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COMMONWEALTH PENNSYLVANIA v. CHARLES PUE (09/07/79)

SUPERIOR COURT OF PENNSYLVANIA


filed: September 7, 1979.

COMMONWEALTH OF PENNSYLVANIA
v.
CHARLES PUE, APPELLANT

No. 130 Special Transfer Docket, Appeal from the Judgment of Sentence of the Court of Common Pleas, Philadelphia County, Criminal Trial Division, January Term, 1977, Nos. 2323-2324.

COUNSEL

Carl E. Watts, Philadelphia, for appellant.

Marianne E. Cox, Assistant District Attorney, Philadelphia, for Commonwealth, appellee.

Montgomery, O'Brien and Honeyman, JJ.*fn*

Author: Per Curiam

[ 269 Pa. Super. Page 336]

Appellant was convicted, after trial before a jury, of third degree murder. The victim was the five year old son of appellant's paramour. The child had been severely beaten. Following the denial of post verdict motions, appellant was sentenced to five (5) to twenty (20) years imprisonment. The substance of this appeal involves the admissibility of a statement which appellant gave to police wherein he admitted some physical abuse of the child prior to his death.

[ 269 Pa. Super. Page 337]

Specifically, the allegations of error involve the illegality of appellant's arrest, and the statement as a product of this illegality; the lack of effective Miranda warnings rendering the statement involuntary; and the statement as the product of unnecessary delay between arrest and arraignment.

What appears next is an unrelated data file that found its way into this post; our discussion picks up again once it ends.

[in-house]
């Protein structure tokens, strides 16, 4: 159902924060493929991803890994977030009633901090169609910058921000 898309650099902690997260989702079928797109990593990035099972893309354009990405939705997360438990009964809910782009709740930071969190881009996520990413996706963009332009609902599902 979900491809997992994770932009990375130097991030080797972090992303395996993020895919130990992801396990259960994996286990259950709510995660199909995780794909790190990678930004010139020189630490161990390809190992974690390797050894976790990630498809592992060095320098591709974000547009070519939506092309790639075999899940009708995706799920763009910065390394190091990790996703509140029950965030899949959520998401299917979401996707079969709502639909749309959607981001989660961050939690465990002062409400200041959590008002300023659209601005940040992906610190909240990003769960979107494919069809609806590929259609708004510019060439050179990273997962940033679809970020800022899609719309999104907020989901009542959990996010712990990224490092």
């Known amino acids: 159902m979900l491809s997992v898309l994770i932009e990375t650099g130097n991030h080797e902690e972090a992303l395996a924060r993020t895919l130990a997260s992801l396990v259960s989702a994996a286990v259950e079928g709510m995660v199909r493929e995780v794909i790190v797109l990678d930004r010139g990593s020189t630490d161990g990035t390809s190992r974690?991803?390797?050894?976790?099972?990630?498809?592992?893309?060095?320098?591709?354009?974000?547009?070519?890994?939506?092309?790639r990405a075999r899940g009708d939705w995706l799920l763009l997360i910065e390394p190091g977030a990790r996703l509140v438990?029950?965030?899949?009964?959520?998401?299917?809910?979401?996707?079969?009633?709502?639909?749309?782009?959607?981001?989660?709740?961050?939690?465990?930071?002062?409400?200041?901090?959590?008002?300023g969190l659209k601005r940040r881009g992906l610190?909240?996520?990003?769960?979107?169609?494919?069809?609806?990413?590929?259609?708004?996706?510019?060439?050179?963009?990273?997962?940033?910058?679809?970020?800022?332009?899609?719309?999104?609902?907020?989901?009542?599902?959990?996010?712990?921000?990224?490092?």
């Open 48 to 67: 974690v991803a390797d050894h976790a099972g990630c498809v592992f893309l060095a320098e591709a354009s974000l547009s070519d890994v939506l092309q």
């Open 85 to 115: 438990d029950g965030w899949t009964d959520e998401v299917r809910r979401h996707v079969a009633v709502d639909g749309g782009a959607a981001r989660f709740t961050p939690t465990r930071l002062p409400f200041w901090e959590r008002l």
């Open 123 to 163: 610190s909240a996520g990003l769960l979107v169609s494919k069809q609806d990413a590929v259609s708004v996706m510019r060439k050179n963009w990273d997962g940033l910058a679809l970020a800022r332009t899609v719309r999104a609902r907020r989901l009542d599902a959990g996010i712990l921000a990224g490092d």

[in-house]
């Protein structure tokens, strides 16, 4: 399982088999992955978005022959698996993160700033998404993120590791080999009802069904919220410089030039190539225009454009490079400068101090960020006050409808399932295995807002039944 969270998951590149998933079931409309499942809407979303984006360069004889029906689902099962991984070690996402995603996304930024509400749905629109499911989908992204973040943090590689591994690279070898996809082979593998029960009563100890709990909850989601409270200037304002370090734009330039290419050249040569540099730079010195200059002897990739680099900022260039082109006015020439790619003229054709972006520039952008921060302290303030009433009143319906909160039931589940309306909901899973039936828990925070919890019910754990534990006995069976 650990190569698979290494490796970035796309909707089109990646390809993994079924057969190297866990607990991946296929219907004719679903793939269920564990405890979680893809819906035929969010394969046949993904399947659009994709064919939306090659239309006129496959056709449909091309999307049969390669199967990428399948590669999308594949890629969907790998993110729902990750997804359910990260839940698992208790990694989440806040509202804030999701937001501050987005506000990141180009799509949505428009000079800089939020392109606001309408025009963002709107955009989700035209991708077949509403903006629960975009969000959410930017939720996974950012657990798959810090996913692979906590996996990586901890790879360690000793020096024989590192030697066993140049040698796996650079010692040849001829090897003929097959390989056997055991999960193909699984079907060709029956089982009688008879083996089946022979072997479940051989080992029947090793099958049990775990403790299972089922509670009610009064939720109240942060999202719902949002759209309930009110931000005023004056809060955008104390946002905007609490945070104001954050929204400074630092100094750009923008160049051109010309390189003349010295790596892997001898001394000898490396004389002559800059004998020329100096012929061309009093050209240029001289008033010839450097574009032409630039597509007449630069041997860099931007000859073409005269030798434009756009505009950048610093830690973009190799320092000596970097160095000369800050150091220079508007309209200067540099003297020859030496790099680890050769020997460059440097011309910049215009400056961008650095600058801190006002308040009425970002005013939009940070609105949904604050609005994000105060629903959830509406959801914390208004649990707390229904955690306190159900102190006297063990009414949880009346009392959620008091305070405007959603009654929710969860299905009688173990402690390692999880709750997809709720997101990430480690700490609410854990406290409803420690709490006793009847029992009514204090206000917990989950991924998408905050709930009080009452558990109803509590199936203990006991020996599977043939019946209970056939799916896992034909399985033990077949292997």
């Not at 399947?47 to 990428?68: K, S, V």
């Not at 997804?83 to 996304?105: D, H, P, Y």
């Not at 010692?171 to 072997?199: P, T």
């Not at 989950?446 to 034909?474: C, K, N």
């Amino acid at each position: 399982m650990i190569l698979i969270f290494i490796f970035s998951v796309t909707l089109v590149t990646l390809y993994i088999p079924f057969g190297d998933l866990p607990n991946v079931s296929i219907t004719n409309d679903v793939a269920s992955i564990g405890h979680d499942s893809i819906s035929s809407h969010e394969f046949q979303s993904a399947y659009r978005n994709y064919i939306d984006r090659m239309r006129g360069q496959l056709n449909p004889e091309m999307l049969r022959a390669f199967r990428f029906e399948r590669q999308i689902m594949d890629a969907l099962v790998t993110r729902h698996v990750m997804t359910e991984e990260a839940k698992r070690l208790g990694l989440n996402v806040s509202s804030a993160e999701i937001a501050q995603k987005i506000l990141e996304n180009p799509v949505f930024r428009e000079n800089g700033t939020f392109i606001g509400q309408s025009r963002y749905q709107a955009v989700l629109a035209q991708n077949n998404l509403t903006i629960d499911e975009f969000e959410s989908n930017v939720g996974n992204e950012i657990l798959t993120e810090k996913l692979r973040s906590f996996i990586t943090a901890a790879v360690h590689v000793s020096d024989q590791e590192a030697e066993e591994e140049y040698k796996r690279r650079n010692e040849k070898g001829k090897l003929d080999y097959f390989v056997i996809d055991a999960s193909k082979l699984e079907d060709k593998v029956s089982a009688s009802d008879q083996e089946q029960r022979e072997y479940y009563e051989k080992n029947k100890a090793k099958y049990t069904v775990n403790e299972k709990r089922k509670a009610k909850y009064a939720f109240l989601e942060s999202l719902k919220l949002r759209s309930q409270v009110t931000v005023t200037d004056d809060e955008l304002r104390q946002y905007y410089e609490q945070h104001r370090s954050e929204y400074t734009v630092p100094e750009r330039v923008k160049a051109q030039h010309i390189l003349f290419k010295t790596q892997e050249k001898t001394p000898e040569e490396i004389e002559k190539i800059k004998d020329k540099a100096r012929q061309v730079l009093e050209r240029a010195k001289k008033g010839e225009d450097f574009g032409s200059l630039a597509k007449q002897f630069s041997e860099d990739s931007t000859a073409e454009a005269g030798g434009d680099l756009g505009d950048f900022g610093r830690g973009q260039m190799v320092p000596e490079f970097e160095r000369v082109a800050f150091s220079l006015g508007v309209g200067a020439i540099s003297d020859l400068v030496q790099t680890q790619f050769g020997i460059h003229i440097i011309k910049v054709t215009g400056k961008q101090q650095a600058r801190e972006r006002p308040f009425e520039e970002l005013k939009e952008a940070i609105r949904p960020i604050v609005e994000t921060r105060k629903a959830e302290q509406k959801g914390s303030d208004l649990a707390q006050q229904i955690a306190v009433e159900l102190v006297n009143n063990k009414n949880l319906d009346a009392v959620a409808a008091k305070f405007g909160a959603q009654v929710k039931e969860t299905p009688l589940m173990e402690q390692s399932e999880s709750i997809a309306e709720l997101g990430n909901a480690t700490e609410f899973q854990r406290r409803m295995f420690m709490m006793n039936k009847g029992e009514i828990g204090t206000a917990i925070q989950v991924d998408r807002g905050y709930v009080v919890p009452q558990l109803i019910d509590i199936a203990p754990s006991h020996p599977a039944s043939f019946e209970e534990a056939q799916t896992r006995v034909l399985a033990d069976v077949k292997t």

Having examined the full record in this case, we find that appellant has waived all of the above points of error by failing to properly preserve them in post verdict motions pursuant to Pa.R.Crim.P., Rule 1123 and Commonwealth v. Blair, 460 Pa. 31, 331 A.2d 213 (1975). The timely filed "Motion in Arrest of Judgment or For a New Trial" contained only boiler plate sufficiency of the evidence challenges. There is no issue raised as to the admissibility of appellant's statement at trial. A request for permission to file additional reasons after the transcription of notes of testimony was included; however, no such reasons were ever properly filed. Also, although supplemental written motions were presented to the lower court, and considered by Judge Bonavitacola in his opinion,*fn1 even these motions failed to raise the specific allegations now presented on appeal. In fact, the only challenge involving the statement raised in the supplemental motions, and addressed by the court, was whether the statement was involuntary because appellant alleged he was under the influence of drugs during interrogation. This particular challenge is not among those now presented for our review.

We therefore find that the specific issues raised by appellant on appeal have been waived by his failure to properly preserve them in post-verdict motions pursuant to Rule 1123.


*fn* Justice Henry X. O'Brien of the Supreme Court of Pennsylvania and Judge Robert W. Honeyman of the Court of Common Pleas, Montgomery County, Pennsylvania, are sitting by designation.


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